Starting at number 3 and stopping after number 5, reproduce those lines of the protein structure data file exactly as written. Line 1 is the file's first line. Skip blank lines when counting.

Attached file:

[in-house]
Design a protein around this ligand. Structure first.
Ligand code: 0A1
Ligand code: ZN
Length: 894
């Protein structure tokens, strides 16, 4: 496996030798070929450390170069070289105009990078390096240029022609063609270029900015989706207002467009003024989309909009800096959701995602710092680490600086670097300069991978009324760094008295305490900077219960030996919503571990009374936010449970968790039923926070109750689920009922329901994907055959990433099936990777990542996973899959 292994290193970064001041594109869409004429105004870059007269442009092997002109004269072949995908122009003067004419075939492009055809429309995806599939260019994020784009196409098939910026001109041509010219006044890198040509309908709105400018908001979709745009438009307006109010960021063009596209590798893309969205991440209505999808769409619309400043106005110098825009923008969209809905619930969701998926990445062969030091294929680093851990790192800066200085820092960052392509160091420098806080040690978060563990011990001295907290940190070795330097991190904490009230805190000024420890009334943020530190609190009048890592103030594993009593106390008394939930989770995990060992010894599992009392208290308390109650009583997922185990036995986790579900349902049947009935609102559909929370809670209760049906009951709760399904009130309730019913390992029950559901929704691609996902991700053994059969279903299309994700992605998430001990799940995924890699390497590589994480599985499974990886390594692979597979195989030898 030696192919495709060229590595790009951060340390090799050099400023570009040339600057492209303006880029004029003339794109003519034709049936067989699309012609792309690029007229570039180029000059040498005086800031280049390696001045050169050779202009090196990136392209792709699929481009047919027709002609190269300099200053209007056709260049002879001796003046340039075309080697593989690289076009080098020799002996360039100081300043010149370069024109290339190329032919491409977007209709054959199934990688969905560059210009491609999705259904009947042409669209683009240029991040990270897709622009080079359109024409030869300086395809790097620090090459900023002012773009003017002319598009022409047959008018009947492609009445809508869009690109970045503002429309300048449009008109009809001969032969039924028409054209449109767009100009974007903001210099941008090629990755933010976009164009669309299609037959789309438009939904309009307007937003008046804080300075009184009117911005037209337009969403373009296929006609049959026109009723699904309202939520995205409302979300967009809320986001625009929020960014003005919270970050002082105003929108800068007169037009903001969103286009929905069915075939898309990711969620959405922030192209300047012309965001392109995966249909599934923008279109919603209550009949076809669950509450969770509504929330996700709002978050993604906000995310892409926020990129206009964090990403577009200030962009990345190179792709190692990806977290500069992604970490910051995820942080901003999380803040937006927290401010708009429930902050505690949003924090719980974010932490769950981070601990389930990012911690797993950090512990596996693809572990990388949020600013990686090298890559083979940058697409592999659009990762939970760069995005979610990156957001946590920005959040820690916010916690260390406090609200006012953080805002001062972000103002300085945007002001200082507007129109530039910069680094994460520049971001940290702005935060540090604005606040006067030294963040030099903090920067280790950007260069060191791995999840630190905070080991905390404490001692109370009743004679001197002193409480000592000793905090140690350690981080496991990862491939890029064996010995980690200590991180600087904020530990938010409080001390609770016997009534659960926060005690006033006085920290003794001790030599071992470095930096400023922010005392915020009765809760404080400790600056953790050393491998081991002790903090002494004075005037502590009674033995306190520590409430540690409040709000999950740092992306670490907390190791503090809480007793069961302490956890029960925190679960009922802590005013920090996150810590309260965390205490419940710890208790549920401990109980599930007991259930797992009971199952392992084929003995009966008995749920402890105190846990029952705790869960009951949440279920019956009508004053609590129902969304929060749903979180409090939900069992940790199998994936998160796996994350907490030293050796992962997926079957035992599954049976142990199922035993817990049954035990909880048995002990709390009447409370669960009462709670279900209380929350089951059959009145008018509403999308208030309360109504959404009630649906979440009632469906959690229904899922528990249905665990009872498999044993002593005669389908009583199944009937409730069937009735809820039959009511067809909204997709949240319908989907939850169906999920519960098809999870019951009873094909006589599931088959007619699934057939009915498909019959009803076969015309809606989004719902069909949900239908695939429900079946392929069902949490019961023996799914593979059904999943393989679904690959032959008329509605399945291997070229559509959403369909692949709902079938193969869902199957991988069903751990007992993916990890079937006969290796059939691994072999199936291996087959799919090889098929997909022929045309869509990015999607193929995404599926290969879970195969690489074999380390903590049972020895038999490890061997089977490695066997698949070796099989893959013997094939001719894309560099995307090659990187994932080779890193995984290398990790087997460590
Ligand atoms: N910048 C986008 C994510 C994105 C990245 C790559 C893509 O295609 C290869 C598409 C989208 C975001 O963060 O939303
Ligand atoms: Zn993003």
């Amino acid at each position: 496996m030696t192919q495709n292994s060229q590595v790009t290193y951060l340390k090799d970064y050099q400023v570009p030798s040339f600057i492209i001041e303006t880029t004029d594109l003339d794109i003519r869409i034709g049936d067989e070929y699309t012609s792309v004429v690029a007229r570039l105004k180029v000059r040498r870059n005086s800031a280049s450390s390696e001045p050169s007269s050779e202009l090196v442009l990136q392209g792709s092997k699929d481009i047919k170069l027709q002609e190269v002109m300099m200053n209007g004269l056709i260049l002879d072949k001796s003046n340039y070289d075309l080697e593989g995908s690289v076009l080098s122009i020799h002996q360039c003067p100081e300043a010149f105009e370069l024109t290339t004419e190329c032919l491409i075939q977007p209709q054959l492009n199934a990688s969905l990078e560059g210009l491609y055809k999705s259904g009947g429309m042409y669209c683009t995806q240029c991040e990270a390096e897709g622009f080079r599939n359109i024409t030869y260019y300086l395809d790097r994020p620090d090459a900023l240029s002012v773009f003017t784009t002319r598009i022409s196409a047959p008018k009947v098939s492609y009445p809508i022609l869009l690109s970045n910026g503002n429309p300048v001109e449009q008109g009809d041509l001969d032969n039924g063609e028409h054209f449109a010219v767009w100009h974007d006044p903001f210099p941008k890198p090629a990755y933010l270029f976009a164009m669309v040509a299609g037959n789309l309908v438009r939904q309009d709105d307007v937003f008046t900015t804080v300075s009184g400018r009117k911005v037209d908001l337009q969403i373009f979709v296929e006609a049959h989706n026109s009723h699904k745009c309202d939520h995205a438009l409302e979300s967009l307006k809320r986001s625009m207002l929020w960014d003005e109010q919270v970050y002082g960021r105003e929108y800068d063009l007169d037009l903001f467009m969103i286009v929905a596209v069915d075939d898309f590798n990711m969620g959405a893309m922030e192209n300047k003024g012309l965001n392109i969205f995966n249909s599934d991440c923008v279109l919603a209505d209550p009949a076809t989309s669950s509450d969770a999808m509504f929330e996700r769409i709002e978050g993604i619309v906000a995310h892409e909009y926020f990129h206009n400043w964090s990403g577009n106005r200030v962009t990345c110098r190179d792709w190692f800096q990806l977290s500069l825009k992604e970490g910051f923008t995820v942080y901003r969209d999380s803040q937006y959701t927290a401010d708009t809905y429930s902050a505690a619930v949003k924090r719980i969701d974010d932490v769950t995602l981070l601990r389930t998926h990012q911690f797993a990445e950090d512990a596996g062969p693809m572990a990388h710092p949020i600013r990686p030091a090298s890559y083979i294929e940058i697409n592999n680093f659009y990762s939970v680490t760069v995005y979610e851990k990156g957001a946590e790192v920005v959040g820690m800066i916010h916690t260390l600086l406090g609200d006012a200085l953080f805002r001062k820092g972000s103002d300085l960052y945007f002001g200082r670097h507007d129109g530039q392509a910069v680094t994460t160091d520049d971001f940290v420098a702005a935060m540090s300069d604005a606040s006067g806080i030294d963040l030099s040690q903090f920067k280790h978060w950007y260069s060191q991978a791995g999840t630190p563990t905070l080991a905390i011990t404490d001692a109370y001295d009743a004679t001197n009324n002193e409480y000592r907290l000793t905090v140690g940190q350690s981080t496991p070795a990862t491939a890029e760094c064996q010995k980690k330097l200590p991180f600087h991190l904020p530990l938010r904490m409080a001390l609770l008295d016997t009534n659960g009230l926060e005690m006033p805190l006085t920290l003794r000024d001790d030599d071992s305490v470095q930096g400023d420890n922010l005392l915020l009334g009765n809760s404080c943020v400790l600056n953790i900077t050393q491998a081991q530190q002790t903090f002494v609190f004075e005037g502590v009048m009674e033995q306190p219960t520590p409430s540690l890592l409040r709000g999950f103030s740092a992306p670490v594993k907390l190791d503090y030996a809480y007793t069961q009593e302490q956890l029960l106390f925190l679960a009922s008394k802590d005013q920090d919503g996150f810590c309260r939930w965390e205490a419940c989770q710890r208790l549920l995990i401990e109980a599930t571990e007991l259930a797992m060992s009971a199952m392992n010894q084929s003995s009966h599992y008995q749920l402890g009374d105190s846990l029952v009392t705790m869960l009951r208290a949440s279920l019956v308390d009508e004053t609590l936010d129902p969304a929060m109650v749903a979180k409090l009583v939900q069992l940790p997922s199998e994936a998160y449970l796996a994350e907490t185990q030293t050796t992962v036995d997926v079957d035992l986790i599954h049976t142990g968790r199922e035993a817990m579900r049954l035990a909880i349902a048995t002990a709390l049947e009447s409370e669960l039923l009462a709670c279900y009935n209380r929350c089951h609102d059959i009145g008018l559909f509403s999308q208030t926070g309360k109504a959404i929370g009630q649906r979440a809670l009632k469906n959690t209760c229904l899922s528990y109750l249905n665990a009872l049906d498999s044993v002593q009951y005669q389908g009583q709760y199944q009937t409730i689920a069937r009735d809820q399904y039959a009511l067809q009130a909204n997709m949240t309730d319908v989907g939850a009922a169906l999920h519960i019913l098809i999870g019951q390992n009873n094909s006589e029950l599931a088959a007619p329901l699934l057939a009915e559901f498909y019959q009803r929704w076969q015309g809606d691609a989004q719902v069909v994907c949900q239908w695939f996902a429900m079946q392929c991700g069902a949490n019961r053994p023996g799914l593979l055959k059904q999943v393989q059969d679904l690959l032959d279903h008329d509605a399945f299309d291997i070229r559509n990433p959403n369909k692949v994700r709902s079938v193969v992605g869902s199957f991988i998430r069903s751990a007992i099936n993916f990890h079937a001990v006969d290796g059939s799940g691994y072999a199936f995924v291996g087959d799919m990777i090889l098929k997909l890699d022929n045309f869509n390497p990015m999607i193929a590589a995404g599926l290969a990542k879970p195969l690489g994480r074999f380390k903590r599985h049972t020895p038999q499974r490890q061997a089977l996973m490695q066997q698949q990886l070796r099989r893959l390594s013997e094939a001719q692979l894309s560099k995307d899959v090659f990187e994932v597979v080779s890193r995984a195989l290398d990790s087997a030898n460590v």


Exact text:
Ligand code: 0A1
Ligand code: ZN
Length: 894